The capital markets ecosystem turned in a decent performance in 2016 compared with the previous five years. Although investment banking revenues continued to decline, they did so at a lower rate, while other types of players—such as exchanges and venues, information providers, and buy-side institutions—realized revenue gains. The net result was year-over-year growth of 5% in total industry revenues.
We refer to the shift of global revenue pools from banks to nonbanks as the value migration. This migration has continued along the following paths:
Although a lessening of the effects of quantitative easing, along with impending deregulation, may dampen the impact of the value migration, institutions must still find ways to master it and make it work to their advantage.
Enormous opportunity exists from the collaboration of established capital markets (CM) players such as investment banks with young fintech companies, but the potential is far from being realized. Indeed, fintech is introducing new paradigms that CM players can exploit to their advantage in a landscape that is complex and difficult to navigate. By establishing labs to focus on early-stage, novel technologies that are core to their principal activities, and by systematically pursuing adjacencies that have synergies with their existing portfolios, investment banks can position their businesses for a bright, digital future. Yet time is of the essence. Banks and the entire capital markets ecosystem must take action now in order to gain the considerable benefits that are achievable.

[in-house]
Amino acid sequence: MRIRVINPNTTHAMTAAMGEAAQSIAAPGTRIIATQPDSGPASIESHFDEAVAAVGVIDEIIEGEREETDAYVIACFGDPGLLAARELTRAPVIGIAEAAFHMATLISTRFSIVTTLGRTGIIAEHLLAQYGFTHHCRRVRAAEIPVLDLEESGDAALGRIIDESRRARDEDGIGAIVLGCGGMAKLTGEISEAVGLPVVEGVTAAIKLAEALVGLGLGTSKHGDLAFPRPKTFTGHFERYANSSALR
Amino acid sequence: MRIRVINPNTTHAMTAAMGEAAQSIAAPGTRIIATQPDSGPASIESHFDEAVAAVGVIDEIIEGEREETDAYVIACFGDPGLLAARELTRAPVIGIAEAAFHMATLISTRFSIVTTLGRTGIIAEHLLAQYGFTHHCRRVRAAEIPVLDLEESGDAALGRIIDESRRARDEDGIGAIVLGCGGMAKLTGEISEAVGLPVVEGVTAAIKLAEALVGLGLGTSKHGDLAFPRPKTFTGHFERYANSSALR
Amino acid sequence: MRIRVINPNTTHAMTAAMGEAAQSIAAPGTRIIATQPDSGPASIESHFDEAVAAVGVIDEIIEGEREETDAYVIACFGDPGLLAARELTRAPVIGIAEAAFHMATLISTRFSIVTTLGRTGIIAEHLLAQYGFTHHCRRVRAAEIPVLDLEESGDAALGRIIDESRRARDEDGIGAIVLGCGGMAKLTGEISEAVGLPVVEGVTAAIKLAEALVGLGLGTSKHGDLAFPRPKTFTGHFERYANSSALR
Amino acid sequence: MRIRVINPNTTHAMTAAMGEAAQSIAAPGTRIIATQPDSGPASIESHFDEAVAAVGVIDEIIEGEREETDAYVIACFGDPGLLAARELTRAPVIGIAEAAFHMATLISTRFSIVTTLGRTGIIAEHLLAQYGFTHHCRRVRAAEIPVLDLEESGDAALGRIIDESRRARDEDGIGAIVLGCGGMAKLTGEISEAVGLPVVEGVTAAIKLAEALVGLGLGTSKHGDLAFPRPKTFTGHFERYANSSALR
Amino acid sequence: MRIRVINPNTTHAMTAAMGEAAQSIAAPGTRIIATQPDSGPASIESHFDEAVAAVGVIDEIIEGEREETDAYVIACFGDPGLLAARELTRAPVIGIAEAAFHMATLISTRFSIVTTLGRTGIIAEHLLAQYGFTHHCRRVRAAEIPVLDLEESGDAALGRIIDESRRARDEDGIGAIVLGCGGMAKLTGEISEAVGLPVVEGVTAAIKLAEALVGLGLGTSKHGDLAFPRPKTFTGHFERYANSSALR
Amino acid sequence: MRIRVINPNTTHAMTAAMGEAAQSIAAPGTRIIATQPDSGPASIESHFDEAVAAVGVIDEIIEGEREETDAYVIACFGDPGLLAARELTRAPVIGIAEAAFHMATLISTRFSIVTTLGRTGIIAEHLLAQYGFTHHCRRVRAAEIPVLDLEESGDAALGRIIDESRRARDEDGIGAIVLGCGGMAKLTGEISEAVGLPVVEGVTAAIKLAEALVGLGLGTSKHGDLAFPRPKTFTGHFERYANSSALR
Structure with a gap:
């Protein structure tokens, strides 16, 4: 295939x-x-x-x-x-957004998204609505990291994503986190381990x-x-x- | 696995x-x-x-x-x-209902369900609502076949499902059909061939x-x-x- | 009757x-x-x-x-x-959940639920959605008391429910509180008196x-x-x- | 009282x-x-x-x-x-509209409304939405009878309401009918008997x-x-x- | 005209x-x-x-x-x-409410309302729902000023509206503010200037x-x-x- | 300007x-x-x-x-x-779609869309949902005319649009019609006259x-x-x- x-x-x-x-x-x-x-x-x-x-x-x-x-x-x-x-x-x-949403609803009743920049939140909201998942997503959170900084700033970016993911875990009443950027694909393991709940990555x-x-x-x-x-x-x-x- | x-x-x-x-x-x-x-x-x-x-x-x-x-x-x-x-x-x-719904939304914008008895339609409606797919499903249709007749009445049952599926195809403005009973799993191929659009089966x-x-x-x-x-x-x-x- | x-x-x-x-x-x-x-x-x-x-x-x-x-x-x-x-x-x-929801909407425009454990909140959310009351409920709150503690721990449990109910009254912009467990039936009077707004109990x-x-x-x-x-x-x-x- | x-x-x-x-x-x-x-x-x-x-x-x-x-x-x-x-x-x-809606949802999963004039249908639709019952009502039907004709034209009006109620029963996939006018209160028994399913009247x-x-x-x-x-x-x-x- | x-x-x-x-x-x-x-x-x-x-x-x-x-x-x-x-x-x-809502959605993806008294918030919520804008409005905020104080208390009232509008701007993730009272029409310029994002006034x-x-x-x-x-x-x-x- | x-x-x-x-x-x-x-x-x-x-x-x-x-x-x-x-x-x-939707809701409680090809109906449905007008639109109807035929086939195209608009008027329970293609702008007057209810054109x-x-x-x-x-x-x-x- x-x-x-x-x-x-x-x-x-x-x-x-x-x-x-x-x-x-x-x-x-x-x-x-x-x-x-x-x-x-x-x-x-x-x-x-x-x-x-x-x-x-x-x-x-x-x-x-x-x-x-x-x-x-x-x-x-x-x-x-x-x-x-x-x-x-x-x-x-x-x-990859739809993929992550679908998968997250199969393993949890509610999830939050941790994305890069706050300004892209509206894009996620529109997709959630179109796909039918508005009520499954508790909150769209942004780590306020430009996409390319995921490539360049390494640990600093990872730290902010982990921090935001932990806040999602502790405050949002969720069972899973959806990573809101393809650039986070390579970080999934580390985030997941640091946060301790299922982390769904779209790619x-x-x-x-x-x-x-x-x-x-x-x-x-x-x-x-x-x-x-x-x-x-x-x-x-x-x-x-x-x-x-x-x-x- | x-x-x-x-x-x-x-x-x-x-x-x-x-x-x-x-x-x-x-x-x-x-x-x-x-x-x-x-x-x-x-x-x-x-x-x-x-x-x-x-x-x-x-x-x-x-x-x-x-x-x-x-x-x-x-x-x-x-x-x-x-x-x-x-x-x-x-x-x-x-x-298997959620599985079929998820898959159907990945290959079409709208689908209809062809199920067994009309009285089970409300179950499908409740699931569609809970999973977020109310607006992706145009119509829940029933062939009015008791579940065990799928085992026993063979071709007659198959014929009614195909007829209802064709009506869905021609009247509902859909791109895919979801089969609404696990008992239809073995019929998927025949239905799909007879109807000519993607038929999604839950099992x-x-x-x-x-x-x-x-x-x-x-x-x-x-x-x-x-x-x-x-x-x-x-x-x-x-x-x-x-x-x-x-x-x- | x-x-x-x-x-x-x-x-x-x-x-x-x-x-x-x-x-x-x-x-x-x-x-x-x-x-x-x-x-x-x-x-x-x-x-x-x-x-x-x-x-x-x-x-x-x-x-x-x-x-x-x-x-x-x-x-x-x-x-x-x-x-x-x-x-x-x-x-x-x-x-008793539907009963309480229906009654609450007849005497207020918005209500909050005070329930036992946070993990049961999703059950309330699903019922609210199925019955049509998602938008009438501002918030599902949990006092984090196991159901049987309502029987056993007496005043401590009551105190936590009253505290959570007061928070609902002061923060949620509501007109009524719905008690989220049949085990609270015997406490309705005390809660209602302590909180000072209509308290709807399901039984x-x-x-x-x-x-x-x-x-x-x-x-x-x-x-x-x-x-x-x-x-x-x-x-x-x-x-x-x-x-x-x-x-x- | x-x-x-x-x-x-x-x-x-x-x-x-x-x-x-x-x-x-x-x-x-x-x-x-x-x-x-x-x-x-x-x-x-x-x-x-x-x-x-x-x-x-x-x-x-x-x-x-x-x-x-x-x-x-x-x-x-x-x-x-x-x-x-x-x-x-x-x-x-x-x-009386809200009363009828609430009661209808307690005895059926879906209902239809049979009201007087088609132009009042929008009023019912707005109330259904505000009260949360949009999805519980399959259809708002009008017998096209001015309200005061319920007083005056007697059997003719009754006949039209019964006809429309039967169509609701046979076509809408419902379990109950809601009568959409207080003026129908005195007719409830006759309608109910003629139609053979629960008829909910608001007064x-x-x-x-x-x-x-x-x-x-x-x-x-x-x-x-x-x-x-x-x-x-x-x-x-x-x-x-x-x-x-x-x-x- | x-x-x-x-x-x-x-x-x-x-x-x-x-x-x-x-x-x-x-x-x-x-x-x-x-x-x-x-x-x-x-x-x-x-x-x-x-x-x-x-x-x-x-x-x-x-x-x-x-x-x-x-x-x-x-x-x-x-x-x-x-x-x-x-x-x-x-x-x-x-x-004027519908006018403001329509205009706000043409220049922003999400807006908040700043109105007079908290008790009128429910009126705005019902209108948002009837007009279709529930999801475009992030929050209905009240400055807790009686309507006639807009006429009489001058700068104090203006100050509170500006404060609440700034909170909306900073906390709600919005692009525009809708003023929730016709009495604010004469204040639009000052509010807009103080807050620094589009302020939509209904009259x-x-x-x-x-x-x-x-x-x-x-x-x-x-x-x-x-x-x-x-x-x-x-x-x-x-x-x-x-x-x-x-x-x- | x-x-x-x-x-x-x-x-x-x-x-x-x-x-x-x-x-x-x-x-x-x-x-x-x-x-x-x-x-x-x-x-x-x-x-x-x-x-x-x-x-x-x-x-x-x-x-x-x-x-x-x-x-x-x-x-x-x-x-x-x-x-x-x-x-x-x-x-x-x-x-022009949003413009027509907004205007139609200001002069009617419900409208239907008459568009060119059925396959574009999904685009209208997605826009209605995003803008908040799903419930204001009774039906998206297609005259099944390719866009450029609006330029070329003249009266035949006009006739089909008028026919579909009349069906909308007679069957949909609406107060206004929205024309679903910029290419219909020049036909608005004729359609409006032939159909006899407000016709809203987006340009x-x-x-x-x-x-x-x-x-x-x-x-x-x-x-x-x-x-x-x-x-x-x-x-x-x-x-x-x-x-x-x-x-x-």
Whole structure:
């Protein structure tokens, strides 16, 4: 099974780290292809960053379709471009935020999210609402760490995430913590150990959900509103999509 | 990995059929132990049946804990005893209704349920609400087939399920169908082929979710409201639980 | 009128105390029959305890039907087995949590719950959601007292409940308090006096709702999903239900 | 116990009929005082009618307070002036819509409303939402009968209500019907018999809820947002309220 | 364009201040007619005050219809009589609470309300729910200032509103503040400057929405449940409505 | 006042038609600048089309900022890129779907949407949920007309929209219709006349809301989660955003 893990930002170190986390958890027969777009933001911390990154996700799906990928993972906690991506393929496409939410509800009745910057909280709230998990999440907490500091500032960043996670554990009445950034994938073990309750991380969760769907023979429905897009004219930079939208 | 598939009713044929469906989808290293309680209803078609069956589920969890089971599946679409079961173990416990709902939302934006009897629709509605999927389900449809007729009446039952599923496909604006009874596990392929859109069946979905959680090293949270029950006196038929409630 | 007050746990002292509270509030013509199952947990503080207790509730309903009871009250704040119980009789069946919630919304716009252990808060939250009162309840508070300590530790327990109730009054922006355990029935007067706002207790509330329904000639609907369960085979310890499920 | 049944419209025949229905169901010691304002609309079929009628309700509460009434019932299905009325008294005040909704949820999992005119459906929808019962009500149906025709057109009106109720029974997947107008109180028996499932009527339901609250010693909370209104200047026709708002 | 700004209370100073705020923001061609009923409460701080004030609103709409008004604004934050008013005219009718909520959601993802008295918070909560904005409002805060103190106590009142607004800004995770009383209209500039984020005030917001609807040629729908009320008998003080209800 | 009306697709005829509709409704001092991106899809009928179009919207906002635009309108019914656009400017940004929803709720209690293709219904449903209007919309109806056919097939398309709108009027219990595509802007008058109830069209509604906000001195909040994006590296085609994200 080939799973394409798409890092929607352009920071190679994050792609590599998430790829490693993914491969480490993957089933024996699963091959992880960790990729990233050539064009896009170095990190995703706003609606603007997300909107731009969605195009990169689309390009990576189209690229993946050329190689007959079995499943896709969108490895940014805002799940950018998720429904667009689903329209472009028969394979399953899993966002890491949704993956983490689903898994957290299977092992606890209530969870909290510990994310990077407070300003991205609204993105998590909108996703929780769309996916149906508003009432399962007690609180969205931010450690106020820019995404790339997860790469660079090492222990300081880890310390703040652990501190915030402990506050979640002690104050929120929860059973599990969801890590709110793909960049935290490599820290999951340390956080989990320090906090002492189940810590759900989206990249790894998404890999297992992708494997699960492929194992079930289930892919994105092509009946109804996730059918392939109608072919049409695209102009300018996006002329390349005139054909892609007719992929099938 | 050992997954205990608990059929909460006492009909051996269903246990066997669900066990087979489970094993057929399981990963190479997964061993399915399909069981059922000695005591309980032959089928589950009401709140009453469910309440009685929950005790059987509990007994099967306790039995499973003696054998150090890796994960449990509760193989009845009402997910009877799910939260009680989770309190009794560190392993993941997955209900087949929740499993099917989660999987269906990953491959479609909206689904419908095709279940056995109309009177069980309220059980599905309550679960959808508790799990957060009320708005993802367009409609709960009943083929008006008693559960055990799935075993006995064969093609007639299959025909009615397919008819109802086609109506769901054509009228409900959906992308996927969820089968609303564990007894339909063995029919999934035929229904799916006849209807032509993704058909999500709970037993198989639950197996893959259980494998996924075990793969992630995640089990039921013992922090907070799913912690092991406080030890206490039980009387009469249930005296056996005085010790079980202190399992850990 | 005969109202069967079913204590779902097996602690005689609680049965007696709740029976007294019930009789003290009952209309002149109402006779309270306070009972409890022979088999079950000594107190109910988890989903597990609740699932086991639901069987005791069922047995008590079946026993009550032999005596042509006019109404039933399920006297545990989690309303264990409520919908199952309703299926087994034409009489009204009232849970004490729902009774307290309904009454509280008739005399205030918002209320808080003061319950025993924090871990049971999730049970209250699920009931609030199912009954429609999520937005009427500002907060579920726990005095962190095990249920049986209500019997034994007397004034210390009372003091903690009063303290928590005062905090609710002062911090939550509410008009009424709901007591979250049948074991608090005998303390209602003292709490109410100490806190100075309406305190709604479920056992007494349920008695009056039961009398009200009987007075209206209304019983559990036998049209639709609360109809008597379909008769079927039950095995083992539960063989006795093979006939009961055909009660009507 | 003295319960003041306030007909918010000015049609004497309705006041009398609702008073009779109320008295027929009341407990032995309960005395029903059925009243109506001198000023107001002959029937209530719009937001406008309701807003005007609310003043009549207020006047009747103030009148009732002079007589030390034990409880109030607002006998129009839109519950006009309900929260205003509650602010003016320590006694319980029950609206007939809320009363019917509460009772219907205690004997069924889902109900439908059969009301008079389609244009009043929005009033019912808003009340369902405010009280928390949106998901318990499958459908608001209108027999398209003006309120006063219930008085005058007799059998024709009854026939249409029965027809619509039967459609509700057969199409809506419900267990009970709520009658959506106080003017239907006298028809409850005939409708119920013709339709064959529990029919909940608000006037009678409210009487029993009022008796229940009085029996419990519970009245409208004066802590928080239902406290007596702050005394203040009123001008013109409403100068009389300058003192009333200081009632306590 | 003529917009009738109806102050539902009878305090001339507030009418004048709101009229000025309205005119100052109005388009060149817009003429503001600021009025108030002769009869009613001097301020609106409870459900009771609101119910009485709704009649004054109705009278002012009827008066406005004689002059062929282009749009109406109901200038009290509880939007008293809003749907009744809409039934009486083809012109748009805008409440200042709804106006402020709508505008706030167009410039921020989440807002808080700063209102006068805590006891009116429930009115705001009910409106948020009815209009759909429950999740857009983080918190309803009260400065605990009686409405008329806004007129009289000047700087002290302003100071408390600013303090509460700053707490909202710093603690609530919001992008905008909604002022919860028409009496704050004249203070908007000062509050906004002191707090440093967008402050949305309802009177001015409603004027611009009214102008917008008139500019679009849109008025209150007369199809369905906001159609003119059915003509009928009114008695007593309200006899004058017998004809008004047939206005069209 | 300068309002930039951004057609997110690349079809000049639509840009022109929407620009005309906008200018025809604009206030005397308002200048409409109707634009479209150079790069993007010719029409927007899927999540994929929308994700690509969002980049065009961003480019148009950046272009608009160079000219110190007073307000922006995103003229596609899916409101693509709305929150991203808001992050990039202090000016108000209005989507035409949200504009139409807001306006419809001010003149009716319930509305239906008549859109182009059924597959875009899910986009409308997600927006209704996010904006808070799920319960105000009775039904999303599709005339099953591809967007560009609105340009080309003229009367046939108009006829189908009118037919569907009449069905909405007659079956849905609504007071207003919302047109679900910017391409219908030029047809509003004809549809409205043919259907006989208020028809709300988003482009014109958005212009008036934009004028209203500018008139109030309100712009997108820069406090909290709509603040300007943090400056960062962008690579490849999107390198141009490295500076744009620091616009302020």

The United Kingdom's decision to leave the European Union will transform Europe’s capital markets. In the short term, the effects may be negative as uncertainty surrounding the final status of the UK's position further depresses investment bank revenues. In the medium term, there may be more bad news as banks face an escalation in costs as they staff and build out additional trading hubs. The long-term effects are less clear, with a variety of possible (mostly negative) outcomes. For some banks, “Brexit” could accelerate their withdrawal from parts of the value chain; others might take advantage of the situation by re-engineering their operating model, aggressively implementing cost-reduction programs and restoring performance.
Digital technology is facilitating the flow of information away from investment banks and into new channels. It is also allowing data to be created and controlled by nonbank entities. Some companies are implementing measures to stay ahead of the curve, yet others are adapting too slowly, if at all.
Ultimately, the technology that has forced other industries to completely overhaul their business models is now being brought to bear on the world of investment banking. The time for digital adoption is now.
Leveraging Digital Advances in Capital Markets
MiFID II will transform the financial markets of Europe. It will do this directly, stipulating new practices by market participants. But its more profound effects will be indirect. By increasing automation and transparency, MiFID II will change the economics of securities trading and, hence, the business models of many market participants. New data management and analytics capabilities will be required, traditional sources of revenue will decline (or disappear), and new players will enter parts of the value chain. The overall implications are profound.